Monday, August 1, 2011

Gene Policinski: Journalists tweeting rumors: not OK

  OK, let’s agree that there’s no “right now” add-on to the long-standing journalist’s credo of reporting “who, what when, where, why and how.”

  Defending a free press in an era of extraordinary cynicism about the news media is tough enough without some in the trade handing critics the club with which to beat the profession about the head and shoulders.

  But now there’s actually a defense being raised that it’s OK — or at least no sin afterwards — to relay unverified or just plain wrong information, instantly and globally, on Twitter because false rumors and reports later get dispelled.

  An item on the Poynter Institute’s website explored the recent erroneous tweets that claimed CNN talk-show host Piers Morgan, a former editor for media mogul Rupert Murdoch, had been suspended by CNN in the wake of the News of the World phone-hacking scandal in Great Britain. No, Morgan has not been suspended.

  Poynter’s Steve Myers writes that although some reporters decried the instant-rumor-mill gaffe, one writer for the Reuters’ news organization, Felix Salmon, said, “Rumors happen there [on Twitter], and then they get shot down — no harm no foul. … In the newsroom, we say things like “did you hear that Piers Morgan just got suspended?” and that’s fine. Is it really that bad to say that kind of thing in the newsroom called Twitter? I don’t think so.”

  So, to sum up: Getting it wrong fast is OK?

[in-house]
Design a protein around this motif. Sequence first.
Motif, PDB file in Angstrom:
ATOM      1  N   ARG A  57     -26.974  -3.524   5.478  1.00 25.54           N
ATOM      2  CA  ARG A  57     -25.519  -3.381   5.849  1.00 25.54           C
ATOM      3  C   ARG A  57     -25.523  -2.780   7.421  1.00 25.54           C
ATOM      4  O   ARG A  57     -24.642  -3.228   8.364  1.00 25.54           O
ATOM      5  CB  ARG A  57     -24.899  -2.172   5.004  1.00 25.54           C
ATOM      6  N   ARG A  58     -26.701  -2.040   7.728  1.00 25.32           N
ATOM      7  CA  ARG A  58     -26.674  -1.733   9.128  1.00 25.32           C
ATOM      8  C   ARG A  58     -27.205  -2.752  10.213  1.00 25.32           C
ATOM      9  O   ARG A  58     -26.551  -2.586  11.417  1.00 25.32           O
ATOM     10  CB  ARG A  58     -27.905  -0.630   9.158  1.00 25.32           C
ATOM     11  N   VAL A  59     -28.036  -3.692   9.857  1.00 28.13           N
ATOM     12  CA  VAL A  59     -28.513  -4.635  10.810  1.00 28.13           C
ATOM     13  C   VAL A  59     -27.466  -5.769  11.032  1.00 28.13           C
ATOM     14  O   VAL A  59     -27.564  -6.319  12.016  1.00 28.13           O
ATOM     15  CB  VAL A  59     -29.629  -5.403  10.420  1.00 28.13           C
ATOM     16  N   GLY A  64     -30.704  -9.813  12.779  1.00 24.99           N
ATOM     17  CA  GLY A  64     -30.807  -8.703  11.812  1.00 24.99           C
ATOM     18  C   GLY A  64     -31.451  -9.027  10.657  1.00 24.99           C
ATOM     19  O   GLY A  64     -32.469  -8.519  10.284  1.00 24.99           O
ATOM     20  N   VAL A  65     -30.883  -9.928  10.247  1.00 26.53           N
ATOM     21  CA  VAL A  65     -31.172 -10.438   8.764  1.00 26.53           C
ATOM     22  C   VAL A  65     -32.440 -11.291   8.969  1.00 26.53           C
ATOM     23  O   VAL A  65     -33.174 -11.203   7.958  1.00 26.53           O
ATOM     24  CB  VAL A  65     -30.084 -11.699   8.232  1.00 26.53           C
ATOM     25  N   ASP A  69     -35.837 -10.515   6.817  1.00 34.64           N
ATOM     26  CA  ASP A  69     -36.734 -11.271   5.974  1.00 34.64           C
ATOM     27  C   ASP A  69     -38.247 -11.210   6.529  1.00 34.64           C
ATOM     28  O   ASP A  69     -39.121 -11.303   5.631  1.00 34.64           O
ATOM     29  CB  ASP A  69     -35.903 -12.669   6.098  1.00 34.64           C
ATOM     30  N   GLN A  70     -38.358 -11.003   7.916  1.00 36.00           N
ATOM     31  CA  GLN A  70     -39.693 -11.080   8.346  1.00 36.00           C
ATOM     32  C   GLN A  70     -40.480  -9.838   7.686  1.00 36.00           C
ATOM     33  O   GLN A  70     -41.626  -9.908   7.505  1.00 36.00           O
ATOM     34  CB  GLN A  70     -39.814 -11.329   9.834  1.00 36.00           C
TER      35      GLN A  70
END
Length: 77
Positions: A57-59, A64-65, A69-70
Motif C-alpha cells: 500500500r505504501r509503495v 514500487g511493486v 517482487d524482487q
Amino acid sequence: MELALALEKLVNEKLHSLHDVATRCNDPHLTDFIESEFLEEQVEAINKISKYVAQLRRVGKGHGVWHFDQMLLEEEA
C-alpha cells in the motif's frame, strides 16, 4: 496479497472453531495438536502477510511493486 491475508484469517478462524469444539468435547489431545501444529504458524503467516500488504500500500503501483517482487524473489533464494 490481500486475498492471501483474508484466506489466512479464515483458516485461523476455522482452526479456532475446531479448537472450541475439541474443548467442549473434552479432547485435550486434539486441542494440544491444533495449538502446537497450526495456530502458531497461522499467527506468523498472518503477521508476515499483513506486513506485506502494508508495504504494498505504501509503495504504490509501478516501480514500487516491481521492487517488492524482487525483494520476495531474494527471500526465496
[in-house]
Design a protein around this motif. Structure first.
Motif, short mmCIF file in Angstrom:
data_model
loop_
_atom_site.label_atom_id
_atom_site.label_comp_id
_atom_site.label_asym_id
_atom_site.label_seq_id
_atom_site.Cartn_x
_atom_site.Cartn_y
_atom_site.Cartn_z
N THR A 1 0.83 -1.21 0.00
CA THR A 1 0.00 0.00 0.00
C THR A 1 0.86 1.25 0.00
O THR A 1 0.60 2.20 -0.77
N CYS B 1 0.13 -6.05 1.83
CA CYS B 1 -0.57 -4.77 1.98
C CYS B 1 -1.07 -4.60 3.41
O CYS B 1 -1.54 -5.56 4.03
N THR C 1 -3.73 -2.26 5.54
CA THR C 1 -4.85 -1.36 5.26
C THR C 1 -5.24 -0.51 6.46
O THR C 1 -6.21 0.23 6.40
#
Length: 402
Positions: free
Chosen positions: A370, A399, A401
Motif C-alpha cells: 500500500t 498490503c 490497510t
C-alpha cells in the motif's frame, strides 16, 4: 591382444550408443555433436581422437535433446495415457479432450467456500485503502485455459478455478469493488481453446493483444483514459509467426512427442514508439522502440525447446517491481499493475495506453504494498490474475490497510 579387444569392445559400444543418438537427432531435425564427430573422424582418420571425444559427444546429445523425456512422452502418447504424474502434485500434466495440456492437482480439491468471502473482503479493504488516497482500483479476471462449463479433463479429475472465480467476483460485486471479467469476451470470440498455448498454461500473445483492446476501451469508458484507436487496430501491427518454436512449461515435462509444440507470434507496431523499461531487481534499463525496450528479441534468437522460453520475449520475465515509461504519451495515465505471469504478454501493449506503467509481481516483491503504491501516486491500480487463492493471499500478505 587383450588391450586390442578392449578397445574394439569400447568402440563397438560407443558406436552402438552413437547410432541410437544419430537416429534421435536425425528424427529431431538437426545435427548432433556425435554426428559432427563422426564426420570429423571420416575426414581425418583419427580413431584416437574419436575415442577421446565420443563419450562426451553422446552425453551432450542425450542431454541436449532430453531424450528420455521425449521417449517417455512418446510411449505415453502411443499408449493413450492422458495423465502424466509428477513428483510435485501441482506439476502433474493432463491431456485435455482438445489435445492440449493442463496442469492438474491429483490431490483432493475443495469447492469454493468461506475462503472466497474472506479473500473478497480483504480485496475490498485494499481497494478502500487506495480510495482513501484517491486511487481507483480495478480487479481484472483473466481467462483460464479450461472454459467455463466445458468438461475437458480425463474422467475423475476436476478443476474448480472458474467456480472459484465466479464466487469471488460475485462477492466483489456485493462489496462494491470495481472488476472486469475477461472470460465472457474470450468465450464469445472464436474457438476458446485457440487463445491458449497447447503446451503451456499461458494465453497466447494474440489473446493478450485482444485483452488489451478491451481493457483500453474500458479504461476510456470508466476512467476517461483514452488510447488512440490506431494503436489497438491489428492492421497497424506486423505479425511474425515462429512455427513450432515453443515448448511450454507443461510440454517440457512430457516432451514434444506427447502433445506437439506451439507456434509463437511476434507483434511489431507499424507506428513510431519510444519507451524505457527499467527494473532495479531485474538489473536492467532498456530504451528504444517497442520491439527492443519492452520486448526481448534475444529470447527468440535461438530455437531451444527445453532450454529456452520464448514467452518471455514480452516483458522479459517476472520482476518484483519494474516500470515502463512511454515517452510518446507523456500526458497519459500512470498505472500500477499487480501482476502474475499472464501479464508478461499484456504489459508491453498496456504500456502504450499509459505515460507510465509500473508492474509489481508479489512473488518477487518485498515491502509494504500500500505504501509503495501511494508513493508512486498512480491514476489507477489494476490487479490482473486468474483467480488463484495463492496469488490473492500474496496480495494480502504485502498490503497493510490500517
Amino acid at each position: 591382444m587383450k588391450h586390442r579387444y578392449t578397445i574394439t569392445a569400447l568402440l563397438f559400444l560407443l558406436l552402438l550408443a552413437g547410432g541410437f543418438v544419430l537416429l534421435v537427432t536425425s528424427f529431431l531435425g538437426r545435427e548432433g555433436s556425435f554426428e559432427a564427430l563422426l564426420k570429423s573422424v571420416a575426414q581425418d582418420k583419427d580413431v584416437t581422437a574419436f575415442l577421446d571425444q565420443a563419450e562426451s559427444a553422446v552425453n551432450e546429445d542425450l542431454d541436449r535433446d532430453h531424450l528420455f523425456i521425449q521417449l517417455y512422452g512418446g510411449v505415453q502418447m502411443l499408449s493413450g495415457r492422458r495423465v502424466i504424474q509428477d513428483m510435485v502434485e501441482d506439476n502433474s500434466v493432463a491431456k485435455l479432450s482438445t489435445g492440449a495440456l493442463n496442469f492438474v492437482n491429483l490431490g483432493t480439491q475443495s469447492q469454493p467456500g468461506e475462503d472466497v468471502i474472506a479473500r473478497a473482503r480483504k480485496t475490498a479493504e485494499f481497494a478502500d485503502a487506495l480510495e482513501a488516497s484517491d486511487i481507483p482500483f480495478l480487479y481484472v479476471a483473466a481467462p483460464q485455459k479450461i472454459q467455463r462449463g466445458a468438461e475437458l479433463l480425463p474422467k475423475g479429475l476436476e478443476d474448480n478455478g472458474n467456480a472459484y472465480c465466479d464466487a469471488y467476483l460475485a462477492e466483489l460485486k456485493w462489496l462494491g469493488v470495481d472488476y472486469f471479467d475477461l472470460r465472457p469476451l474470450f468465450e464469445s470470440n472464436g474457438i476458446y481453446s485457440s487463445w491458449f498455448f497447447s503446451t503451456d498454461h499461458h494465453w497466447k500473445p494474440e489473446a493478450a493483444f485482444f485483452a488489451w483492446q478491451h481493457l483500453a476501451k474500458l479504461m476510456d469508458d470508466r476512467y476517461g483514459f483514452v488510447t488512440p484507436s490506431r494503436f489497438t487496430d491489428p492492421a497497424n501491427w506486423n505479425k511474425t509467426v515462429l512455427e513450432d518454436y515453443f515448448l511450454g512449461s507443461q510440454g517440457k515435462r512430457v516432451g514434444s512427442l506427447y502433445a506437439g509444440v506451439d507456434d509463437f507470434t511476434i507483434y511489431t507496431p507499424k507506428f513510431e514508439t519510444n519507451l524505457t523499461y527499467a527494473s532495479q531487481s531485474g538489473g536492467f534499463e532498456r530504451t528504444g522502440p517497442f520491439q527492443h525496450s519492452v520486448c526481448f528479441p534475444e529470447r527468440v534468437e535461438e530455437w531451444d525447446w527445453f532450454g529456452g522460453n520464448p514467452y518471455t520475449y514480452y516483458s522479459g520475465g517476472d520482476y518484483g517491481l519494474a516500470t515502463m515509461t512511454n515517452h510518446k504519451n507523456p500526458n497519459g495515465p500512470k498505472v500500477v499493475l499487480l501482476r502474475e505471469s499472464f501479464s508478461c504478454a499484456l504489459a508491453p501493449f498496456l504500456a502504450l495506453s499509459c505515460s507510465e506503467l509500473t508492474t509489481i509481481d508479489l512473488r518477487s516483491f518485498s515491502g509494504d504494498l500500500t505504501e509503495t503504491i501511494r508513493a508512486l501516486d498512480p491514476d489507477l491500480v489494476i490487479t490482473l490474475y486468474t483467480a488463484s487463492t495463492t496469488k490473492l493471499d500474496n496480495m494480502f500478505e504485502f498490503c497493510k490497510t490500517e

No, it is not.

  Credibility is the major distinction that professional journalism — in print, over the air or via the Web — should lay claim to in an era of “free news” and easy information access in which errors, hoaxes and altered video clips abound.

  As for that newsroom analogy: What’s newsworthy about people sitting around wondering whether they’ve collectively heard something? That’s distorted self-importance talking, not First Amendment-worthy journalism.

  As news consumers, we really don’t care what you, the journalist, simply have heard. We want to know what you know for certain. For real. So that we can use the information for our own purposes.

  For anything less, I’ll turn to “The Onion.”

  Here’s a less-than-140-character message for the rumormongers out there:

  If it’s not true, don’t tweet it. If you can’t be bothered to find out whether it’s true, don’t tweet it. And don’t tell me it’s OK to be wrong in a tweet today because you may get it right in a tweet tomorrow. Two tweets don’t make a right.

  About the author: Gene Policinski, senior vice president and executive director of the First Amendment Center, is a veteran journalist whose career has included work in newspapers, radio, television and online.

  This article was published by the First Amendment Center.

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